South India’s Street side Coffee Culture
( There is a possibility that some tamil words may have been
misspelt as the author is not from India)
Early one morning last week I queued outside Sri Gopi Iyengar Coffee and Tiffin Center, a coffee bar just outside the monumental Meenakshi Sundareswarar Temple in Madurai, Tamil Nadu. My long wait under a scorching sun was rewarded with a small glass of fragrant, caramel-hued brew topped with a fluff of white foam. Though a moderate coffee drinker at home, I was already on my fourth dose of the day. It would be far from my last, for in this South Indian state, coffee is as delicious as it is ubiquitous.
India is most often associated with tea, but java culture runs deep in the country’s southern states. Coffee was introduced to what is now Tamil Nadu’s neighboring state of Karnataka in the 17th century by an Indian Muslim saint named Baba Budan, who smuggled seven beans from Yemen while on pilgrimage to Mecca. Cultivation flourished under the British, and India now produces some 300,000 tons of coffee per year. Tamil Nadu is the country’s third largest grower after Karnataka and Kerala.
“No true blue South Indian would ever do without his or her filter coffee early morning ,” says Chennai food writer Sadita Radhakrishna. The author of a forthcoming book on Tamil Nadu cuisine, Ms. Radhakrishna remembers that when she was growing up in Bangalore, “every single day, coffee seeds were roasted and ground on an old coffee grinder with a handle” and brewed in a traditional lidded drip filter made of brass.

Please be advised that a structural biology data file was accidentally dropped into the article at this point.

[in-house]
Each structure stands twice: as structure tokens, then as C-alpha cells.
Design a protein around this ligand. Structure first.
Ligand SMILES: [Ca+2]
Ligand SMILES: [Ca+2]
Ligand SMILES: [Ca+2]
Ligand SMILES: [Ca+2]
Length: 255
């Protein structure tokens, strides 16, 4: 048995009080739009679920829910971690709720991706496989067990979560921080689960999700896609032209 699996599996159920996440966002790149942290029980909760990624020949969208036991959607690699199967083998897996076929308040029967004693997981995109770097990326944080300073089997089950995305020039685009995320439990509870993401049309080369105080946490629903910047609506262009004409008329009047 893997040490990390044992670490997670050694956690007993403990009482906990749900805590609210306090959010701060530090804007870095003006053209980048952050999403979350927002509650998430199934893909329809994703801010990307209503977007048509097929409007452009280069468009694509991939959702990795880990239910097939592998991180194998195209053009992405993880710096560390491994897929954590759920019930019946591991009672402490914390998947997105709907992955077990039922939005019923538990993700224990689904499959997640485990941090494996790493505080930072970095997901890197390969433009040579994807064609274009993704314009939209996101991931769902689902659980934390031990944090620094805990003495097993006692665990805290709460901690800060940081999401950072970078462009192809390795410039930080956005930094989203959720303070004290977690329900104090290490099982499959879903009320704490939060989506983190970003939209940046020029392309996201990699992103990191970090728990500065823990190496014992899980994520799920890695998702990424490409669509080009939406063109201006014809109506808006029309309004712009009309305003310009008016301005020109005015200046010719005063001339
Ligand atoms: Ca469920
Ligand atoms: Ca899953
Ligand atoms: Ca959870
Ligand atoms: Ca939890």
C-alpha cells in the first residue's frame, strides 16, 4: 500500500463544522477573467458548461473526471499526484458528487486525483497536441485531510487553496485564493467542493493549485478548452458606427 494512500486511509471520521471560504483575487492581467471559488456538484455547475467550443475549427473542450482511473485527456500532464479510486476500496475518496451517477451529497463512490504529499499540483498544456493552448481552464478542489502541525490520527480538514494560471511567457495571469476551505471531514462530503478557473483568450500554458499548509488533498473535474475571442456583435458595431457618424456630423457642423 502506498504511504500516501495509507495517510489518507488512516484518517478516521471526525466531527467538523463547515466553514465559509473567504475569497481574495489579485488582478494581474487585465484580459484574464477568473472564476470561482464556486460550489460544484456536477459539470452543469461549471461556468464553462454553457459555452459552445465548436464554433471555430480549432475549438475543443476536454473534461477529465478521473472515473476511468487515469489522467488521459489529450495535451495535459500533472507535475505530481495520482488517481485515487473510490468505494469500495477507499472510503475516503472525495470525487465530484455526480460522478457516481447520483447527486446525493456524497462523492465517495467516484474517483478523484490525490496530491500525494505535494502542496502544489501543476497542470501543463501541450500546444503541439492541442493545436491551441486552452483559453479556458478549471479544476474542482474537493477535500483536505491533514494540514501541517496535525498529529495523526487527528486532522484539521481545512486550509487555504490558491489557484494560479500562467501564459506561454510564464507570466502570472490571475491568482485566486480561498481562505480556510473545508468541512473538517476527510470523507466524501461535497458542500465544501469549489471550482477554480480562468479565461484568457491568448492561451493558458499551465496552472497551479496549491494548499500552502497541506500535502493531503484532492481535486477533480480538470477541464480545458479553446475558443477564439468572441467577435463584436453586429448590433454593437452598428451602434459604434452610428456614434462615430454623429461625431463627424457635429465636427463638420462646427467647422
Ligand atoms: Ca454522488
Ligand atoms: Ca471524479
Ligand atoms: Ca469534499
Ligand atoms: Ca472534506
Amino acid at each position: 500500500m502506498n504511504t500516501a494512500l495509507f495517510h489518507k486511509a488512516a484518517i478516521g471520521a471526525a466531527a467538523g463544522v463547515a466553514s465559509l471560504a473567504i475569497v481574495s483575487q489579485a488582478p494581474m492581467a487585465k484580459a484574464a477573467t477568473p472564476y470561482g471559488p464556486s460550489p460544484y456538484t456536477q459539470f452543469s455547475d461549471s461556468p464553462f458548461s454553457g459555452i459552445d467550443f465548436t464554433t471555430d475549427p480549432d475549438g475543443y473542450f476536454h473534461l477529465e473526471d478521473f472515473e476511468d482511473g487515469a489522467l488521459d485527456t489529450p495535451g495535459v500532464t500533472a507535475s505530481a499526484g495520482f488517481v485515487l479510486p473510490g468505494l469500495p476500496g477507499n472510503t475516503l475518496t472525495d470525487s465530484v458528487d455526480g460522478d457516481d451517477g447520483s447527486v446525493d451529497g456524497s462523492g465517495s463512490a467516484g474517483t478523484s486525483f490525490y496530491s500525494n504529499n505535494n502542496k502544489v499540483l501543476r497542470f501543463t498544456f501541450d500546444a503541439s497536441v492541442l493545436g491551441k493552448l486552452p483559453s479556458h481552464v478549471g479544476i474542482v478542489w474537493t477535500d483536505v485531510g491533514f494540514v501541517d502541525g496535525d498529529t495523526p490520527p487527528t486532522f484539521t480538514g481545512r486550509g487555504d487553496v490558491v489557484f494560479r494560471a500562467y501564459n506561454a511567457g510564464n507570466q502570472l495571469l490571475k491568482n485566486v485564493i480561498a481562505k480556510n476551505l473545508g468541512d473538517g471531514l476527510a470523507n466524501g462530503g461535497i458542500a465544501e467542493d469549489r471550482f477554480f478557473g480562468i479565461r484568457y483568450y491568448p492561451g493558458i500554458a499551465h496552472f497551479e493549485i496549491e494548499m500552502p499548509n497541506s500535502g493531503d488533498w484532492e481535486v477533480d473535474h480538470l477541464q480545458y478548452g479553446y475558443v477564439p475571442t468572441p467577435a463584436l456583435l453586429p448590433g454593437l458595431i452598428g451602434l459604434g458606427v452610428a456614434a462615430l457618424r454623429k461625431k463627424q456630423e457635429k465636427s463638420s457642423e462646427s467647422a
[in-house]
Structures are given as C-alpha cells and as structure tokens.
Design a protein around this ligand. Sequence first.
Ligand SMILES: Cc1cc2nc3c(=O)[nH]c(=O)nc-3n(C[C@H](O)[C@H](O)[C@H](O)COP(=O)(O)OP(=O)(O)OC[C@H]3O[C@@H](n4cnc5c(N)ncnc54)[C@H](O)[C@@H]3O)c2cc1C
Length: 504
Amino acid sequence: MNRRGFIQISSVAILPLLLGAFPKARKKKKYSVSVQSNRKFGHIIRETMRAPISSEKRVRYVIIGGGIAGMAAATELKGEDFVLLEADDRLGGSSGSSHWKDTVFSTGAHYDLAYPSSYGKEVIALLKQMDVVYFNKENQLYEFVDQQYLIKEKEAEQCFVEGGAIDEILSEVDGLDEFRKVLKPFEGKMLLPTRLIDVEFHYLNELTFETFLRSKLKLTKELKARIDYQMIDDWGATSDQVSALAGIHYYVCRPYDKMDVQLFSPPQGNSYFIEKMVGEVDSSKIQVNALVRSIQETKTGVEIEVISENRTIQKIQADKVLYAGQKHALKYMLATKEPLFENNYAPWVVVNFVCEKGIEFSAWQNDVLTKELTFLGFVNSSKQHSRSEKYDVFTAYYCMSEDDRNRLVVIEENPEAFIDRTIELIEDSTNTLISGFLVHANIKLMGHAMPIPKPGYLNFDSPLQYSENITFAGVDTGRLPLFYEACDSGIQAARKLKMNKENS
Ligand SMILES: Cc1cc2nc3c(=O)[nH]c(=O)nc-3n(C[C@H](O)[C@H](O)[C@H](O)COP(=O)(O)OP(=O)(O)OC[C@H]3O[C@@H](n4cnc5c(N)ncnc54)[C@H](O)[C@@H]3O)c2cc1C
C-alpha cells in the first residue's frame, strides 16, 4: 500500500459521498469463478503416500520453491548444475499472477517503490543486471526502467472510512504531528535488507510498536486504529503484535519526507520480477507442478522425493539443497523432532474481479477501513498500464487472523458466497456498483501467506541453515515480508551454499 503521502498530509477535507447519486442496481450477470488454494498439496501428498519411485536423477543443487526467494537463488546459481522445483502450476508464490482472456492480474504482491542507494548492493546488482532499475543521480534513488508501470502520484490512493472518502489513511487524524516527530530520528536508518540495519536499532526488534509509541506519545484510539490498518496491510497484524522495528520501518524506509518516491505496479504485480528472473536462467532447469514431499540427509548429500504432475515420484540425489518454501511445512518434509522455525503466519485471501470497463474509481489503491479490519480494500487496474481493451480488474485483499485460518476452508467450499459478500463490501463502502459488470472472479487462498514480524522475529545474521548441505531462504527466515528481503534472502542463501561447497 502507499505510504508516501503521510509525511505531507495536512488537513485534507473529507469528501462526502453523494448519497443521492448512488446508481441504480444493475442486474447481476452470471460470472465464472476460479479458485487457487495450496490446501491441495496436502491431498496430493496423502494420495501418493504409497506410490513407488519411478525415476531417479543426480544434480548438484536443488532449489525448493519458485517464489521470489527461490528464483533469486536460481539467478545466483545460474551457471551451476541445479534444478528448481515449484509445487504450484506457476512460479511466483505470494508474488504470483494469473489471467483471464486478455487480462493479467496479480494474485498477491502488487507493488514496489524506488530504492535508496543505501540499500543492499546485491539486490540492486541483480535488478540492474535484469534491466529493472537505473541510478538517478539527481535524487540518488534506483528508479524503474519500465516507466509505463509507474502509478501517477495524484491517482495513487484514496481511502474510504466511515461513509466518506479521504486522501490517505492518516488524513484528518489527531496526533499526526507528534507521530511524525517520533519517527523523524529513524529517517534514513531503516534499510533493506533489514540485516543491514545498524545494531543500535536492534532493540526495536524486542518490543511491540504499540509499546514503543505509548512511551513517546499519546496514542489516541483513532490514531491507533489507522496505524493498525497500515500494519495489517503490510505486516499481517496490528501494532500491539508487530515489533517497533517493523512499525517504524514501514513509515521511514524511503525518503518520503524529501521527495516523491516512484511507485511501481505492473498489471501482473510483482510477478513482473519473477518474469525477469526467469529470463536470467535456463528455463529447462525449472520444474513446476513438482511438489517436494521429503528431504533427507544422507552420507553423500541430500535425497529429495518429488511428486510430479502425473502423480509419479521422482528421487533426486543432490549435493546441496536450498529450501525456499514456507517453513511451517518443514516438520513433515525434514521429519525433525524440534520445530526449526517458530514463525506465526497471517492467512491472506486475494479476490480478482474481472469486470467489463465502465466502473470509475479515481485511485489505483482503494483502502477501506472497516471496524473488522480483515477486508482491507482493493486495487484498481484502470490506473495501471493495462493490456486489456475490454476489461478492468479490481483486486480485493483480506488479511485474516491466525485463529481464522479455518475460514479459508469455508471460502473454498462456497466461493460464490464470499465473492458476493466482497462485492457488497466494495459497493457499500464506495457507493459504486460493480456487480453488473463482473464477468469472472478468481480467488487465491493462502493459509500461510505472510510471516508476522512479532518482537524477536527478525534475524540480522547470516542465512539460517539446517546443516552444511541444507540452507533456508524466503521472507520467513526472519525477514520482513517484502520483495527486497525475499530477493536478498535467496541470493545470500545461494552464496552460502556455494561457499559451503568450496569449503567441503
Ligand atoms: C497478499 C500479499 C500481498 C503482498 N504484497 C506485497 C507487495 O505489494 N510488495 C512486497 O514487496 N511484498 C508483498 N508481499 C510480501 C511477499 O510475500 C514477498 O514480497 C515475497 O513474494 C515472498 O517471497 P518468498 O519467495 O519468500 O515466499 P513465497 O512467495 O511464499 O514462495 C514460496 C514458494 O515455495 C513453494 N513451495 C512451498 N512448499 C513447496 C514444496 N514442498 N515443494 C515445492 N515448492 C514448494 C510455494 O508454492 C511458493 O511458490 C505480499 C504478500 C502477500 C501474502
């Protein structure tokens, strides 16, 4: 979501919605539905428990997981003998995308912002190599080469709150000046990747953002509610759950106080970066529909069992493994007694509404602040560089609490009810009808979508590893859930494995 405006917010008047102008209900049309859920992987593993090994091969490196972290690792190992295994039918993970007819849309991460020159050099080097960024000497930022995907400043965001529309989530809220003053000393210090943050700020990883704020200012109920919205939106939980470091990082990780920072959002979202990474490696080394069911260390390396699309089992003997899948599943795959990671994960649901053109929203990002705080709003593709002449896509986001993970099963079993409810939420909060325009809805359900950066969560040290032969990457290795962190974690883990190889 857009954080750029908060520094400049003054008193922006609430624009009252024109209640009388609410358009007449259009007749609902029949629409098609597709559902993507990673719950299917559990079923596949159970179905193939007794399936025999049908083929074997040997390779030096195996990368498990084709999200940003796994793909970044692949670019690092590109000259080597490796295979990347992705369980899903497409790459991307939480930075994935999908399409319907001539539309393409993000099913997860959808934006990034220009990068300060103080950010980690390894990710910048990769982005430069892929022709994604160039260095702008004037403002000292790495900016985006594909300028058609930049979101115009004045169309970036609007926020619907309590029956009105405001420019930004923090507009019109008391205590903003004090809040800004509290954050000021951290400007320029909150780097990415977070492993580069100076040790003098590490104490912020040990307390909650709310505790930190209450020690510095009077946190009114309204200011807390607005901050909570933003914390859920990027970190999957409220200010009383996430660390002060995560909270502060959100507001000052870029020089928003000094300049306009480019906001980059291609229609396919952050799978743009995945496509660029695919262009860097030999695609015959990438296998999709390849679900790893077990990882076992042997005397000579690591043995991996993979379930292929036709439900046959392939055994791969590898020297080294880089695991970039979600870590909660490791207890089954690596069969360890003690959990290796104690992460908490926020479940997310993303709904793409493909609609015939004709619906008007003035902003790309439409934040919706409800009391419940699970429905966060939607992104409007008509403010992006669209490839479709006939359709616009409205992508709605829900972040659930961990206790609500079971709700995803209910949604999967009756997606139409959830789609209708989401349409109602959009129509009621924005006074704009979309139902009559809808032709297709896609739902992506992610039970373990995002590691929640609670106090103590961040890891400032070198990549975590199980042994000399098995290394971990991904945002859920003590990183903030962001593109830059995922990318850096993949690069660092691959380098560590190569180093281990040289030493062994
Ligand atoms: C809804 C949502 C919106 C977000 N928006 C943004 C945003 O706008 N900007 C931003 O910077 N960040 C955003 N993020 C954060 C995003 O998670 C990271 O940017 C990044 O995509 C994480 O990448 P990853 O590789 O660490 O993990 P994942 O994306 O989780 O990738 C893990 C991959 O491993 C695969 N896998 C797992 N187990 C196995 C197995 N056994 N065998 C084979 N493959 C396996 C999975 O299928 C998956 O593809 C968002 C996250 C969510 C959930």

Tamil Nadu residents still sup at home, but coffee is also served in messes, restaurants and chain cafes with catchy monikers like Hot Chips. But the majority of the state’s java is served and drunk at coffee bars, a term that describes a range of street establishments from standalone shacks just wide enough to accommodate a vendor and carts parked under a corrugated roof to huts carved out of the ground floor of permanent structures.
At a coffee bar, your hot drink (many serve tea as well) is ordered, prepared, served and paid for at a window fronted by a small counter. It’s at the counter that you drink while standing on the pavement, perhaps as you nibble a piping-hot crispy daal fritter or a tea biscuit plucked from a metal-topped glass canister. Takeaway is always an option, provided you bring your own receptacle.
In southern India, the brew method of choice is slow drip in a brass filter, which can hold a cup of water or be sized for a crowd at up to 10 liters, and is kept gleaming via regular applications of tamarind paste. Some java jockeys use the sock method, pouring hot water or milk through fine grounds in a piece of muslin suspended from a metal ring. Beans are Arabica, robusta or a mix of the two, always blended with chicory.
Sugar is a given (ask for konjam jeeni for a less sweet brew), and so is India’s wickedly rich full-cream milk, kept hot on a burner near the counter. To prepare an order the vendor places sugar in a wide-lipped metal tumbler, adds a shot of coffee and a ladle of milk, and then simultaneously blends, cools and froths the liquid by pouring it back and forth between two tumblers, often from great heights (thus its nickname “meter coffee”). Utter the words konjam kuda and he’ll add a flourish of black coffee to the surface of the drink.
Depending on the type of bean used, southern Indian coffee can be smoky, winey or even a bit cinnamony, and the chicory adds a hint of nuttiness. In over a week of steady sampling around Tamil Nadu, I drank my best (and strongest) glass at Gopi Iyengar, though I’d rate all of the others nothing less than wonderful. Served in small doses for as little as 8 Indian rupees (about $0.13) a glass, southern India’s coffee-bar coffee goes down like ice cream — leaving room, pocket change and a hankering for just one more.
Coffee bar at Sri Gopi Iyengar Coffee and Tiffin Center, 37/35 West Chitrai Street, Madurai, Tamil Nadu.